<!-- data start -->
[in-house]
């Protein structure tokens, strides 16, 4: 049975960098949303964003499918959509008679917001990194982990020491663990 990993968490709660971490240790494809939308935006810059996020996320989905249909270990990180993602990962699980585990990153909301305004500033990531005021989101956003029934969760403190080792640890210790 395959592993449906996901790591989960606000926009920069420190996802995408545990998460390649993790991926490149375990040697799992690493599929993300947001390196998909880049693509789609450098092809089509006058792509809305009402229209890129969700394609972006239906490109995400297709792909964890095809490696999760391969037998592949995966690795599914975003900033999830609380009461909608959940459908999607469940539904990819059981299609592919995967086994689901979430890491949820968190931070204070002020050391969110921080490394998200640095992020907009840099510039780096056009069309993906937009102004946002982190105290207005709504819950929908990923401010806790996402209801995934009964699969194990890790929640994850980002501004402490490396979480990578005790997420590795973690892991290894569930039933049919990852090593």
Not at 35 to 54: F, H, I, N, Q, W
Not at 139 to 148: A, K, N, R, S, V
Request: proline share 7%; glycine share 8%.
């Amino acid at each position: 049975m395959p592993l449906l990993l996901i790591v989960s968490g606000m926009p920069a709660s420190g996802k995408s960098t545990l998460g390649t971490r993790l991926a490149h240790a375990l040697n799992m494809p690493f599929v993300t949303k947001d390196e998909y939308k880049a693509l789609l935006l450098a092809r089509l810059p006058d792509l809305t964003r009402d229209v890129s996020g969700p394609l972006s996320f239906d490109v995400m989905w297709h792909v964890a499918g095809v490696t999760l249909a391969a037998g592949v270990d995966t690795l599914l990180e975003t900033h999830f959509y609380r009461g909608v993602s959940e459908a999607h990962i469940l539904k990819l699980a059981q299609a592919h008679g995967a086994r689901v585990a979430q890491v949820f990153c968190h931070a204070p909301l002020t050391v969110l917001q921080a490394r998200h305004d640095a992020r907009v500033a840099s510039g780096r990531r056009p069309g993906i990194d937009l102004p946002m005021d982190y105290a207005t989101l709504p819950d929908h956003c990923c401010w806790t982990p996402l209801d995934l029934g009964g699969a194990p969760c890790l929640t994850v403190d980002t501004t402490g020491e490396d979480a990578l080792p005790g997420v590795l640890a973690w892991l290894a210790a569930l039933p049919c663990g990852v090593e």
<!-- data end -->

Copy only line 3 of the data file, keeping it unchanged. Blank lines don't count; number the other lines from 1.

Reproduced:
Not at 35 to 54: F, H, I, N, Q, W